All these accus'd him strongly; which he fain Would have flung from him, but, indeed, he could


And so his peers, upon this evidence,
Have found him guilty of high treason.
He spoke, and learnedly, for life; but all
Was either pitied in him, or forgotten 3.

2 GENT. After all this, how did he bear himself? 1 GENT. When he was brought again to the bar,— to hear



His knell rung out, his judgment,-he was stirr'd
With such an agony, he sweat extremely *,
And something spoke in choler, ill, and hasty:
But he fell to himself again, and, sweetly,
In all the rest show'd a most noble patience.
2 GENT. I do not think, he fears death.
Sure, he does not,
He never was so womanish; the cause
He may a little grieve at.


The cardinal is the end of this.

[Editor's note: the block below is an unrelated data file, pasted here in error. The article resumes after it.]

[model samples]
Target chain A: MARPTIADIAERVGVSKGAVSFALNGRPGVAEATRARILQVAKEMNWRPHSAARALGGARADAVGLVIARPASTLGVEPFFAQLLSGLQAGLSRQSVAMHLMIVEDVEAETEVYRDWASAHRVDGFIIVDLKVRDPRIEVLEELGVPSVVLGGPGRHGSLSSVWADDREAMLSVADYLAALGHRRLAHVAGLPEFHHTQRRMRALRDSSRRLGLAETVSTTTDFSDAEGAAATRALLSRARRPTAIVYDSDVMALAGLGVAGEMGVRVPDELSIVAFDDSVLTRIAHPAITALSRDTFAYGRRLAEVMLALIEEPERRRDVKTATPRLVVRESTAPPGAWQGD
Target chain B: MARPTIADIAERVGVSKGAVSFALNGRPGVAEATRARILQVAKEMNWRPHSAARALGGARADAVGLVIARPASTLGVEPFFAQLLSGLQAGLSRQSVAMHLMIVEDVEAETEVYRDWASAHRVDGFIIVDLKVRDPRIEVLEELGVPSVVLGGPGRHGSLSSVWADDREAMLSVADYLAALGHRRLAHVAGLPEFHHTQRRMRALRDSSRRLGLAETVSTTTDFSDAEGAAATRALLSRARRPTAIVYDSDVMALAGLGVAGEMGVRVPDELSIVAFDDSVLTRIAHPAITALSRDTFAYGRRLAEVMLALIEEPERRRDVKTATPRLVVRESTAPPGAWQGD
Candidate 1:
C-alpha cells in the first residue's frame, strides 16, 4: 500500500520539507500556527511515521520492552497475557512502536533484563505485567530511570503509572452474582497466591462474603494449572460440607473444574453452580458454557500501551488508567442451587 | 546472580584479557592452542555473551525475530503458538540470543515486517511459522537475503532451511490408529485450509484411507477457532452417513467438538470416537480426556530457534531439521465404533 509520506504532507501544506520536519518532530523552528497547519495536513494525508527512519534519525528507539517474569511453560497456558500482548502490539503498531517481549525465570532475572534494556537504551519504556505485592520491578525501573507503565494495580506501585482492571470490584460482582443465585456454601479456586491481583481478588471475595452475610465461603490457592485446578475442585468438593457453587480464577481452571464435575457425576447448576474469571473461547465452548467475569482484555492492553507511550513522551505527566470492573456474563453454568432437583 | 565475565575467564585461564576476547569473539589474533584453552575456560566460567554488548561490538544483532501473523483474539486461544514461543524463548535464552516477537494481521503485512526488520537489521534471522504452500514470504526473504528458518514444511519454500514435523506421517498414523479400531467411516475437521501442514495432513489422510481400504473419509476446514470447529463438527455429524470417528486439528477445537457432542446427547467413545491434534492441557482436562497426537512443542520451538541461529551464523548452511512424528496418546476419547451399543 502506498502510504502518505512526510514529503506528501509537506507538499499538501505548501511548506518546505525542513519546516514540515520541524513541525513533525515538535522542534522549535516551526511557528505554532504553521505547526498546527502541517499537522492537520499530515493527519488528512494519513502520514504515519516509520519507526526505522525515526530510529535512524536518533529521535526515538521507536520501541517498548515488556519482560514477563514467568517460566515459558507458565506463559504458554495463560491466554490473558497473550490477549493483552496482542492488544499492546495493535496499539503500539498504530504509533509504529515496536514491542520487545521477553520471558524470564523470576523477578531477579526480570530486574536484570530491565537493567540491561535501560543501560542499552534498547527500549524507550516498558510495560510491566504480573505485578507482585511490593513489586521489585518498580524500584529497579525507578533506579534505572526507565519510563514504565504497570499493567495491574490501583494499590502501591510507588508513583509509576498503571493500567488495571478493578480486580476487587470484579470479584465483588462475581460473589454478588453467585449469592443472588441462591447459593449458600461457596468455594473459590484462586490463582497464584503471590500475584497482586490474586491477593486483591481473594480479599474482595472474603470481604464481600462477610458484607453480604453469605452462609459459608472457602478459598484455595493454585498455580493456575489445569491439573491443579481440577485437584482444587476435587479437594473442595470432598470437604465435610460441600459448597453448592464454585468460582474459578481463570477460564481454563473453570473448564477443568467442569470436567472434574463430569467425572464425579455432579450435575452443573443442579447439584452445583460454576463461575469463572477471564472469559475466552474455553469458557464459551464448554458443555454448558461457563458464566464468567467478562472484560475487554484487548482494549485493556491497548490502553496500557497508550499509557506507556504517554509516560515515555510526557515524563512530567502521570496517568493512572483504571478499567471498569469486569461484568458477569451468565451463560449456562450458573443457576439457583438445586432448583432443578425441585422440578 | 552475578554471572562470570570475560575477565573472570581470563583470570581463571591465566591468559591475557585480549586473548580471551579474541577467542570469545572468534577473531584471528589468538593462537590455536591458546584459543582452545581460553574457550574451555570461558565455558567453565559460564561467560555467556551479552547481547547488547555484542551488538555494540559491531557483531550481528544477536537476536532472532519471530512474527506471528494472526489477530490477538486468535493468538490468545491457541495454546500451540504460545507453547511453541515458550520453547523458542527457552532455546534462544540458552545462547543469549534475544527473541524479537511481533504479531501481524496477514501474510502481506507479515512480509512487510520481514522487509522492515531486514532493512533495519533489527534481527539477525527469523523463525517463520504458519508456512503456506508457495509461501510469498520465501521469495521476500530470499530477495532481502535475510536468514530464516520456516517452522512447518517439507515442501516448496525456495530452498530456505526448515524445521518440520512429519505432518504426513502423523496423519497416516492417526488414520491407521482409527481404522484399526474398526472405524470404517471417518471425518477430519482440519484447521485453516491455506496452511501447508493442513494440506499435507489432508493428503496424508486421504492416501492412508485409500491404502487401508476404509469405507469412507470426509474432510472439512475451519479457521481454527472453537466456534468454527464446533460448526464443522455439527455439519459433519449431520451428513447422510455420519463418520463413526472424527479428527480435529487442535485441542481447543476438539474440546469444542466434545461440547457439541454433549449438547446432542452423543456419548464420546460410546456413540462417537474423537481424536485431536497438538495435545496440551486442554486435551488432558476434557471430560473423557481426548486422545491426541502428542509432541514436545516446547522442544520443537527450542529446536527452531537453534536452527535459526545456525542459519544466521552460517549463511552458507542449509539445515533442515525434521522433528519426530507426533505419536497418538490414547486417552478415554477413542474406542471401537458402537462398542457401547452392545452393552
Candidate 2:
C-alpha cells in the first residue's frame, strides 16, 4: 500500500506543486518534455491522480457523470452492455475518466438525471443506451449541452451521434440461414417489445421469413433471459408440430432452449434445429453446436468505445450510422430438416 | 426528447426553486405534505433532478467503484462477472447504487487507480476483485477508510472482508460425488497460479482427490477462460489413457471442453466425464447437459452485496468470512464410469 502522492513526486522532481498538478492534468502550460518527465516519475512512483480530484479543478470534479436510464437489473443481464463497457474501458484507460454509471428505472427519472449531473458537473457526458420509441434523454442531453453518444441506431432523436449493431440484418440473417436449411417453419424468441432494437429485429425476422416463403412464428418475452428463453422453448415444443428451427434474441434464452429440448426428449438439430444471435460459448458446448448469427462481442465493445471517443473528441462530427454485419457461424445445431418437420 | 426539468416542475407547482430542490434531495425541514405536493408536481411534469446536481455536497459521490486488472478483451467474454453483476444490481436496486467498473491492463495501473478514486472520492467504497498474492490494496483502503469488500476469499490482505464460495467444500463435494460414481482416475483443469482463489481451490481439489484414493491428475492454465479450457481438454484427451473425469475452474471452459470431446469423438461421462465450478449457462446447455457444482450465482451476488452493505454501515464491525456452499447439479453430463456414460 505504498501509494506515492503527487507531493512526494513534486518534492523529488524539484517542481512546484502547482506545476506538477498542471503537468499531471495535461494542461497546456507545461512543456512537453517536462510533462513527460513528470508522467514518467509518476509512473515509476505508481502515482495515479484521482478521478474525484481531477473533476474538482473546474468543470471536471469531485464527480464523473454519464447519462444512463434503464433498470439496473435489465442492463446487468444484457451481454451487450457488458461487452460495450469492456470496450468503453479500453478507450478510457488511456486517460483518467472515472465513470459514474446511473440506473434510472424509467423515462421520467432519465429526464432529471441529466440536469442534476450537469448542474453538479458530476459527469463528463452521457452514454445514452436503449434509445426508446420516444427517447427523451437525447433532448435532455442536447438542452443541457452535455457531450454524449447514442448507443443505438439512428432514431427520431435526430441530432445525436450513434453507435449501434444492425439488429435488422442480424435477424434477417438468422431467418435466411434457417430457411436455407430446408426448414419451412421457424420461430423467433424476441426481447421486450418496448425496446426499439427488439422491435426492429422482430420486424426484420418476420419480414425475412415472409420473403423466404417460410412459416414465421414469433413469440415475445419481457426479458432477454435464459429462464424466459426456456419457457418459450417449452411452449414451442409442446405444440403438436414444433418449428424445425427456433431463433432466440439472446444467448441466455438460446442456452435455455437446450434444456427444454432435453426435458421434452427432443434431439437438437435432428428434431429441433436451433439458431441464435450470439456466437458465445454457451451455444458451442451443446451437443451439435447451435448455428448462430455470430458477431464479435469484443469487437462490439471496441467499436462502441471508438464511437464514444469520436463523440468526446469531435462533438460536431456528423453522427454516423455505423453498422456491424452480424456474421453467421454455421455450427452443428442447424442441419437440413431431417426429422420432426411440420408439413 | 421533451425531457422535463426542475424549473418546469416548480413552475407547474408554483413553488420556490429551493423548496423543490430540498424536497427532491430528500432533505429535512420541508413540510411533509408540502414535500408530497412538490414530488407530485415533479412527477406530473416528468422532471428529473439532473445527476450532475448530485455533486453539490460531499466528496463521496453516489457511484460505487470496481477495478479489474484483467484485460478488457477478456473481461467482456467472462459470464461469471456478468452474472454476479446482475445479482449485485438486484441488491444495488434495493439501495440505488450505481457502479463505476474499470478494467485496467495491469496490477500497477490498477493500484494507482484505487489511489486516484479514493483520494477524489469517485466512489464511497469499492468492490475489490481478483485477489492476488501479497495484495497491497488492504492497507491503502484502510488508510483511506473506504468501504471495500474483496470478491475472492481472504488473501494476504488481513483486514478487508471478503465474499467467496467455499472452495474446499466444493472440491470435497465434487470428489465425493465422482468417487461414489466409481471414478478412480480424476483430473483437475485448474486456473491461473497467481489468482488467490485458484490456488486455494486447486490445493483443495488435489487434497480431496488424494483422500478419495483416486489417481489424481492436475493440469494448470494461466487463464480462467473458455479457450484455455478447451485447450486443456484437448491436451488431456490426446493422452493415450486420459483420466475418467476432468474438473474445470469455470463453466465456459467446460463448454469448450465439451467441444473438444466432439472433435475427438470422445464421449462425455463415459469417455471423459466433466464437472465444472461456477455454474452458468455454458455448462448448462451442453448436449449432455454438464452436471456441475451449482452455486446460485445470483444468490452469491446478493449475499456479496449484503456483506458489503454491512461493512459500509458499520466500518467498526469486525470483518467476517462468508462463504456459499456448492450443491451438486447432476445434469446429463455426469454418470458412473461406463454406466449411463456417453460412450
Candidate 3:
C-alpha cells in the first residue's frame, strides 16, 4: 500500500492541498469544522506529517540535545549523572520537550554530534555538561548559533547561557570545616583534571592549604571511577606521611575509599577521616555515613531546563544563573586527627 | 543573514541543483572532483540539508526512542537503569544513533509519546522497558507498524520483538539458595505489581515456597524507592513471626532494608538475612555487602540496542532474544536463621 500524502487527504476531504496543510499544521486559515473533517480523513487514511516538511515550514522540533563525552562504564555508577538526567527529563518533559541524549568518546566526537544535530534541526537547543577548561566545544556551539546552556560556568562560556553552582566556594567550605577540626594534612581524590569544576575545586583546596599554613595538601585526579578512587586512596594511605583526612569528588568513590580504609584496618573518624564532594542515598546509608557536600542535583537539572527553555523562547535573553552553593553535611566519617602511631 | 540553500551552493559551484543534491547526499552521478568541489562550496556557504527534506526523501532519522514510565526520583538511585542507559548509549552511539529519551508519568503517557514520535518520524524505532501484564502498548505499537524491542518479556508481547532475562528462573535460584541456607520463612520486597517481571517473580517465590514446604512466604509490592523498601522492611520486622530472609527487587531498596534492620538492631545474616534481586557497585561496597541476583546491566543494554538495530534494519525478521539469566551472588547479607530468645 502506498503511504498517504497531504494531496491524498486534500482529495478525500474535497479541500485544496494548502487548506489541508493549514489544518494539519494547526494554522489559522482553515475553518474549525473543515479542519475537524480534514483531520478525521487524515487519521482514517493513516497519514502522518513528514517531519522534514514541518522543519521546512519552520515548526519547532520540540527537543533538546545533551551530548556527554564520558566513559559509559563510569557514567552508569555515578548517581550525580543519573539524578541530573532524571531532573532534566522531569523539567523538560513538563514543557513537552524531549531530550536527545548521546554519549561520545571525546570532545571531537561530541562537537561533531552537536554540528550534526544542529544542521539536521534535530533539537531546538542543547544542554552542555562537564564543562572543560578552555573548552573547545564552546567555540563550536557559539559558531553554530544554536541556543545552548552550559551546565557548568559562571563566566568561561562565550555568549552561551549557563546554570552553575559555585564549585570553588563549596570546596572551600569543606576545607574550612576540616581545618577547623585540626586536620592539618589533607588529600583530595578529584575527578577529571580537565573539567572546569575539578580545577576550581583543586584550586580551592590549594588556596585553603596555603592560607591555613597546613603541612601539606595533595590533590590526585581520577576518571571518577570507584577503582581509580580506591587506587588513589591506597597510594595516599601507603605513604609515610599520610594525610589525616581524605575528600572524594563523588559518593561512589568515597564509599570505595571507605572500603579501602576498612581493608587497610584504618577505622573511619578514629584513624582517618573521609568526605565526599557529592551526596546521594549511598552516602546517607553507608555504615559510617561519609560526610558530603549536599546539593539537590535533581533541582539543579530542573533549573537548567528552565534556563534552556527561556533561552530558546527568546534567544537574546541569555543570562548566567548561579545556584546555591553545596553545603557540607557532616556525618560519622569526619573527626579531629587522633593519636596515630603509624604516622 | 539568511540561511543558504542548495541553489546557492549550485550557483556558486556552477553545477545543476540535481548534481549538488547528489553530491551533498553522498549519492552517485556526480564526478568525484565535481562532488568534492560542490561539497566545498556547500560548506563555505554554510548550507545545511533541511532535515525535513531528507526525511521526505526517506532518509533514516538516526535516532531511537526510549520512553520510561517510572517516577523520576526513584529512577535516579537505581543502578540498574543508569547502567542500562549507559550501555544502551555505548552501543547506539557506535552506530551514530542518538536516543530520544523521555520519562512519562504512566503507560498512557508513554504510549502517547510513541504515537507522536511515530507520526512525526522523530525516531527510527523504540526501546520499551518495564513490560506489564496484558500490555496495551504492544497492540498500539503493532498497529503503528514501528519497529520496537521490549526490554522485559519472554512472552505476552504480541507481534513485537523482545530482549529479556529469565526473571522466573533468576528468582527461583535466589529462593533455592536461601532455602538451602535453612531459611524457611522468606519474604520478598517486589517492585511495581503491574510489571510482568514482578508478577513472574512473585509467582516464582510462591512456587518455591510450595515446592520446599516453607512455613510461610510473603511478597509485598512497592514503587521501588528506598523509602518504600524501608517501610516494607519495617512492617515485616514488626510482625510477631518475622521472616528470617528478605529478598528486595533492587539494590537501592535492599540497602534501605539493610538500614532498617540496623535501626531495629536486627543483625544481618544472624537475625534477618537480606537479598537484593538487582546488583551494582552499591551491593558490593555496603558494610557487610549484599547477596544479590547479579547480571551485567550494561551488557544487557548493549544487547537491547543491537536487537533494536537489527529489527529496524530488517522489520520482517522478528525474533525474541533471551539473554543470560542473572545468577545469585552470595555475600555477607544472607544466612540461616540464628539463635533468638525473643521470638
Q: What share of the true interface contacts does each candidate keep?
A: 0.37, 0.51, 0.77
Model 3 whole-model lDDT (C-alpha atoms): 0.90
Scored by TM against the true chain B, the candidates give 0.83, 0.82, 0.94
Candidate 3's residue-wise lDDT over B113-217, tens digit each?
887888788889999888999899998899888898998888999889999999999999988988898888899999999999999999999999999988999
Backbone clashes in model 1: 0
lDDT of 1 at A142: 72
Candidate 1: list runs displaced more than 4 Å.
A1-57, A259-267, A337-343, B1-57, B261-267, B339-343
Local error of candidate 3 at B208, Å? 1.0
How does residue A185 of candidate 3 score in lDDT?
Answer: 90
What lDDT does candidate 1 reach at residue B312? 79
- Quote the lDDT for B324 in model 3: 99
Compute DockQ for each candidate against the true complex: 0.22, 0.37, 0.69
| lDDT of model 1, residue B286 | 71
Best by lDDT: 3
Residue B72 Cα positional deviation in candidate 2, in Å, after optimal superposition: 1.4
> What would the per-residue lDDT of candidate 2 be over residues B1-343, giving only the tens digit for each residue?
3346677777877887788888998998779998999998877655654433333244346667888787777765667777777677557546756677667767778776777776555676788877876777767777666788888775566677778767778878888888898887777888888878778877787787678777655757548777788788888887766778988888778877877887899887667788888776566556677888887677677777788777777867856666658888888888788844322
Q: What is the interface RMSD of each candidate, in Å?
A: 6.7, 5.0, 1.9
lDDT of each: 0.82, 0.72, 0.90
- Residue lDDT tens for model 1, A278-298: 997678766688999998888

1 GENT. 'Tis likely, By all conjectures: First, Kildare's attainder,

2 TO HIM brought, vivâ voce, to his face :] So the old copy. This is a clear error of the press. We must read-have instead of him. M. MASON.

3 Was either pitied in him, or forgotten,] Either produced no effect, or produced only ineffectual pity. MALONE.


he sweat extremely,] This circumstance is taken from Holinshed: "After he was found guilty, the duke was brought to the bar, sore-chafing, and sweat marvelously." STEEVENS.

Then deputy of Ireland; who remov'd,
Earl Surrey was sent thither, and in haste too,
Lest he should help his father.

That trick of state

Was a deep envious one. 1 GENT.

At his return,

This is noted,

No doubt, he will requite it.
And generally; whoever the king favours,
The cardinal instantly will find employment,
And far enough from court too.